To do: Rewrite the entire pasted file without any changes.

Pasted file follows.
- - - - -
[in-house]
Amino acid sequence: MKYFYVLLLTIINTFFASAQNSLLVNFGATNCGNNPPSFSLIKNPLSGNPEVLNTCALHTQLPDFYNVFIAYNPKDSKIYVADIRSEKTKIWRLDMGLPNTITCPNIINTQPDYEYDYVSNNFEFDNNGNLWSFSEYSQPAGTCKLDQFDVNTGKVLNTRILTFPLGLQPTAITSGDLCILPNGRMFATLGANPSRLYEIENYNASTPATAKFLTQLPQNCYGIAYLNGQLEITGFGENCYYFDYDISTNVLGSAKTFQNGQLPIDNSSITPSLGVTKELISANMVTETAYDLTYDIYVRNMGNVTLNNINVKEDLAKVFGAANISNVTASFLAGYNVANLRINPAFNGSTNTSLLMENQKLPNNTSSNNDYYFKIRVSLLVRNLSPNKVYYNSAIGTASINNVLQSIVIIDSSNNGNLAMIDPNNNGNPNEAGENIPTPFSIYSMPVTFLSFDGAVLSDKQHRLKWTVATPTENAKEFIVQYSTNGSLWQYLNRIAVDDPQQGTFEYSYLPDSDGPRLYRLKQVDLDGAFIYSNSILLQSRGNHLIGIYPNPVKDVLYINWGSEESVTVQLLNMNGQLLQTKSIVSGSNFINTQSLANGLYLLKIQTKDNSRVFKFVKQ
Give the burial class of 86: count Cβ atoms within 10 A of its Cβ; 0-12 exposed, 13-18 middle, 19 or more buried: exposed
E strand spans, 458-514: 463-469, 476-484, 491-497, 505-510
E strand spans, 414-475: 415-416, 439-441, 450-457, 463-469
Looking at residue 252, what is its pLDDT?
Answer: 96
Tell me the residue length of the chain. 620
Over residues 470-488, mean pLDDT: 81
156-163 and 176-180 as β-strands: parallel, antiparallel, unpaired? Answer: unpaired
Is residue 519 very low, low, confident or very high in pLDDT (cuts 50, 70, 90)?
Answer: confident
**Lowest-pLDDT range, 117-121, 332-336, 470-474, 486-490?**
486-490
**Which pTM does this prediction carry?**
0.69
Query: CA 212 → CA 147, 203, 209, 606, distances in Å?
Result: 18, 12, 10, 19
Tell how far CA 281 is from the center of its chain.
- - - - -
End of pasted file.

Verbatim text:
[in-house]
Amino acid sequence: MKYFYVLLLTIINTFFASAQNSLLVNFGATNCGNNPPSFSLIKNPLSGNPEVLNTCALHTQLPDFYNVFIAYNPKDSKIYVADIRSEKTKIWRLDMGLPNTITCPNIINTQPDYEYDYVSNNFEFDNNGNLWSFSEYSQPAGTCKLDQFDVNTGKVLNTRILTFPLGLQPTAITSGDLCILPNGRMFATLGANPSRLYEIENYNASTPATAKFLTQLPQNCYGIAYLNGQLEITGFGENCYYFDYDISTNVLGSAKTFQNGQLPIDNSSITPSLGVTKELISANMVTETAYDLTYDIYVRNMGNVTLNNINVKEDLAKVFGAANISNVTASFLAGYNVANLRINPAFNGSTNTSLLMENQKLPNNTSSNNDYYFKIRVSLLVRNLSPNKVYYNSAIGTASINNVLQSIVIIDSSNNGNLAMIDPNNNGNPNEAGENIPTPFSIYSMPVTFLSFDGAVLSDKQHRLKWTVATPTENAKEFIVQYSTNGSLWQYLNRIAVDDPQQGTFEYSYLPDSDGPRLYRLKQVDLDGAFIYSNSILLQSRGNHLIGIYPNPVKDVLYINWGSEESVTVQLLNMNGQLLQTKSIVSGSNFINTQSLANGLYLLKIQTKDNSRVFKFVKQ
Give the burial class of 86: count Cβ atoms within 10 A of its Cβ; 0-12 exposed, 13-18 middle, 19 or more buried: exposed
E strand spans, 458-514: 463-469, 476-484, 491-497, 505-510
E strand spans, 414-475: 415-416, 439-441, 450-457, 463-469
Looking at residue 252, what is its pLDDT?
Answer: 96
Tell me the residue length of the chain. 620
Over residues 470-488, mean pLDDT: 81
156-163 and 176-180 as β-strands: parallel, antiparallel, unpaired? Answer: unpaired
Is residue 519 very low, low, confident or very high in pLDDT (cuts 50, 70, 90)?
Answer: confident
**Lowest-pLDDT range, 117-121, 332-336, 470-474, 486-490?**
486-490
**Which pTM does this prediction carry?**
0.69
Query: CA 212 → CA 147, 203, 209, 606, distances in Å?
Result: 18, 12, 10, 19
Tell how far CA 281 is from the center of its chain.